Suzy, SP staff in Bang Rak, Thailand, reflects on Jesus' piercing question and call to actually see her neighbors.
“Simon, I have something to say to you...Do you see this woman?" Luke 7:40, 44
There is a very familiar story in the seventh chapter of the Book of Luke in which Jesus dines at the home of Simon the Pharisee. A very sinful woman crashes the party to anoint Jesus' feet with a jar of very expensive perfume and—more significantly—with her own tears. Simon was not happy!
It's a simple story about the grace of God to forgive our sins. Our sin is a debt to God—a debt we can never repay. Our sin is never so great as to keep us from the grace of God; and our goodness can never be good enough to earn it. This is the meaning of grace. The point of the story is that our love for Jesus is directly proportional to how much we understand this grace.
But in the middle of this simple yet profound story is a question that we might almost miss in verse 44: "Then turning toward the woman [Jesus] said to Simon, "Do you see this woman?" Think about the question for a while. Not only had Simon seen this woman, he had been grumbling about her to his friends ever since she entered the room. He saw her and had already labeled her such a sinner that she cast a shadow on the integrity of anyone who would associate with her. Many think she was a prostitute. One thing Simon makes very clear is that he saw her, and she was unwelcome. She was despised…lowly…unworthy.
But it's not just the obvious nature of the question; it's the oddity in which Jesus is asking it. Jesus is conversing with Simon, but the text says while talking with Simon Jesus turns His gaze to the woman. He looks her in the eye and watches her intently. She is important to Him. An outcast, this despised woman, has grabbed the attention of the Master and He is not willing to let her go. While others whisper behind her back, Jesus engages with this woman face to face. In doing so, He restores her dignity and affirms her worth as a dearly beloved child of God. And He invited Simon into the conversation. I often wonder what Simon was thinking in this moment. He was at a crossroads of sorts.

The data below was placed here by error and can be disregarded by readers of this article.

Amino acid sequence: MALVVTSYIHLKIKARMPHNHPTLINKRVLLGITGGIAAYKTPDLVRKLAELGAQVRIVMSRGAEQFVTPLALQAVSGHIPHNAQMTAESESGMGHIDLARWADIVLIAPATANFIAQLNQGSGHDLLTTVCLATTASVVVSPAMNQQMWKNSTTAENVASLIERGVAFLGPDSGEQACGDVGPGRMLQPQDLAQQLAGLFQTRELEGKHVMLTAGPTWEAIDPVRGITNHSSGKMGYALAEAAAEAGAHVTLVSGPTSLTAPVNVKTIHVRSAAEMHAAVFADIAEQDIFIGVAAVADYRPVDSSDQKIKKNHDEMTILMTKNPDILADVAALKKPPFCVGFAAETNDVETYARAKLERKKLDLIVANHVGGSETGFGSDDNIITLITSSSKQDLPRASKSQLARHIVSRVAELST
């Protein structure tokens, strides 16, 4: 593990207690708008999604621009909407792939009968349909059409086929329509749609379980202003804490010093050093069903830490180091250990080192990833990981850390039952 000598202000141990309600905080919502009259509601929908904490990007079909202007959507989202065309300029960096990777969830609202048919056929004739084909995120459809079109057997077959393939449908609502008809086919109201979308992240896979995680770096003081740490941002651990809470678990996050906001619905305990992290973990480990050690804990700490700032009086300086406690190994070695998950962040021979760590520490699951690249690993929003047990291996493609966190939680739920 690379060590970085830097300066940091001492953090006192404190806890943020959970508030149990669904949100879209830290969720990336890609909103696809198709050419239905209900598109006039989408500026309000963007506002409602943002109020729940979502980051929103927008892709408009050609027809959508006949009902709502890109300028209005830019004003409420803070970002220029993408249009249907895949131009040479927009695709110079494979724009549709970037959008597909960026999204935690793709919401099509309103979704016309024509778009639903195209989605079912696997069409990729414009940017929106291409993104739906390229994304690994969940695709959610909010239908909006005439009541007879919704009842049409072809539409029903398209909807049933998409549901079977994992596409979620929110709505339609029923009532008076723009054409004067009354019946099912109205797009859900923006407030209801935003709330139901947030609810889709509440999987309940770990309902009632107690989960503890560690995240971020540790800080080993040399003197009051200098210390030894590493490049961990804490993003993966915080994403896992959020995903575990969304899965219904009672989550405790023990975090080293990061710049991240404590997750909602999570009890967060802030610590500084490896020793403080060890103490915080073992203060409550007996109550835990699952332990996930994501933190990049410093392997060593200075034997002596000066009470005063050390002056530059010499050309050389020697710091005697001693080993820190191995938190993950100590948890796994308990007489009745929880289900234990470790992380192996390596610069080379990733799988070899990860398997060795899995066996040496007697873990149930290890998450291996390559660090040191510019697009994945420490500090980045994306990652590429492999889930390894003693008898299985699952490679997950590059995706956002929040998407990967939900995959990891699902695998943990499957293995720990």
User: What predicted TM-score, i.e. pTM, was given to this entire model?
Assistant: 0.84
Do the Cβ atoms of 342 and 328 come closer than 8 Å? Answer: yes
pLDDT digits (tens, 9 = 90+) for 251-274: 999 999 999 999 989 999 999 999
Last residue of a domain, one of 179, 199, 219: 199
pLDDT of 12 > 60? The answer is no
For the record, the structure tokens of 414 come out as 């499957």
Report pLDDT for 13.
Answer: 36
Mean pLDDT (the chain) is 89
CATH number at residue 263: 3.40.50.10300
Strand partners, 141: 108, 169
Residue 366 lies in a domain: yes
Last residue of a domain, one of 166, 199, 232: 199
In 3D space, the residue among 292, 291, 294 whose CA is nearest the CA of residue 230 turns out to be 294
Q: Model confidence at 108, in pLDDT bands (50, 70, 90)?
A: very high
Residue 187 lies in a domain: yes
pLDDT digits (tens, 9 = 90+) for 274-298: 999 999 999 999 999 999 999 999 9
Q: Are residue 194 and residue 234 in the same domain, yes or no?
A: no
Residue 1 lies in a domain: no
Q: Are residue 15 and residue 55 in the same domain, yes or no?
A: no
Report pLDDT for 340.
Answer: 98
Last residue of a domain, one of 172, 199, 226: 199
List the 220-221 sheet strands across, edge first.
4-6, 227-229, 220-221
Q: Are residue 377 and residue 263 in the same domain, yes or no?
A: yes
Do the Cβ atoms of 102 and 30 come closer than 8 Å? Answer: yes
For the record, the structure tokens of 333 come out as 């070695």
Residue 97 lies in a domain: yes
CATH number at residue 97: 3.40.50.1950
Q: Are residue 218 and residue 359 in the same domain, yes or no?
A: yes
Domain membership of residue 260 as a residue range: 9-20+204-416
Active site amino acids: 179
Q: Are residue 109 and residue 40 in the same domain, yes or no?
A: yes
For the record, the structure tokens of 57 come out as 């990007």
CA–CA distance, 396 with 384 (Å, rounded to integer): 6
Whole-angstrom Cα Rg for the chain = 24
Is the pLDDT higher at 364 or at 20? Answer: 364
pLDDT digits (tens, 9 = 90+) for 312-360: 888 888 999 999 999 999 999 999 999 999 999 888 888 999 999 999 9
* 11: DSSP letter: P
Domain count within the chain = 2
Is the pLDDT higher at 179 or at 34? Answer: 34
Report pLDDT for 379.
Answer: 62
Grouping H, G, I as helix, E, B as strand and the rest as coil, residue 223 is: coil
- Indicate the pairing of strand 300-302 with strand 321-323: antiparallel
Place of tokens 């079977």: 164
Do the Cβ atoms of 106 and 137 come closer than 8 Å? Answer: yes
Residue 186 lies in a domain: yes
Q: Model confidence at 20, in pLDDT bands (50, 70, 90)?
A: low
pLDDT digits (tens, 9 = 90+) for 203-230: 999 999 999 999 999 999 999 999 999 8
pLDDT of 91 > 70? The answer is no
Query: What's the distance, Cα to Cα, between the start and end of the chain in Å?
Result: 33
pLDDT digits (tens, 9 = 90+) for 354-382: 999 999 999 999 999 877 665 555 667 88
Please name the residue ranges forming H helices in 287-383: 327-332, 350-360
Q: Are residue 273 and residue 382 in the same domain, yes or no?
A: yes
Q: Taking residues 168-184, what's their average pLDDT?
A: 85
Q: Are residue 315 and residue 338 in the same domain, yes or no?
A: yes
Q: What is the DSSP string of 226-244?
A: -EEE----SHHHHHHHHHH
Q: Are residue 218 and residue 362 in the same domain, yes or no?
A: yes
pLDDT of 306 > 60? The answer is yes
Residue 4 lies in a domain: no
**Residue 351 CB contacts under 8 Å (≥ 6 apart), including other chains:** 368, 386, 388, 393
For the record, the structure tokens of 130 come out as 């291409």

Day in and day out, I have the chance to engage with people that much of Thai society has ignored or even despised. In all my sin and imperfection, I have to confess that often times I treat them more like a ministry project than as friends. I don't always see them as Jesus sees them. I don't always recognize the richness of their faith, the depth of their love and how much they have to offer God or myself. Too often, I am like Simon. But in the moments that I pause to heed the voice of my Savior asking me to see, I am changed beyond what I can describe.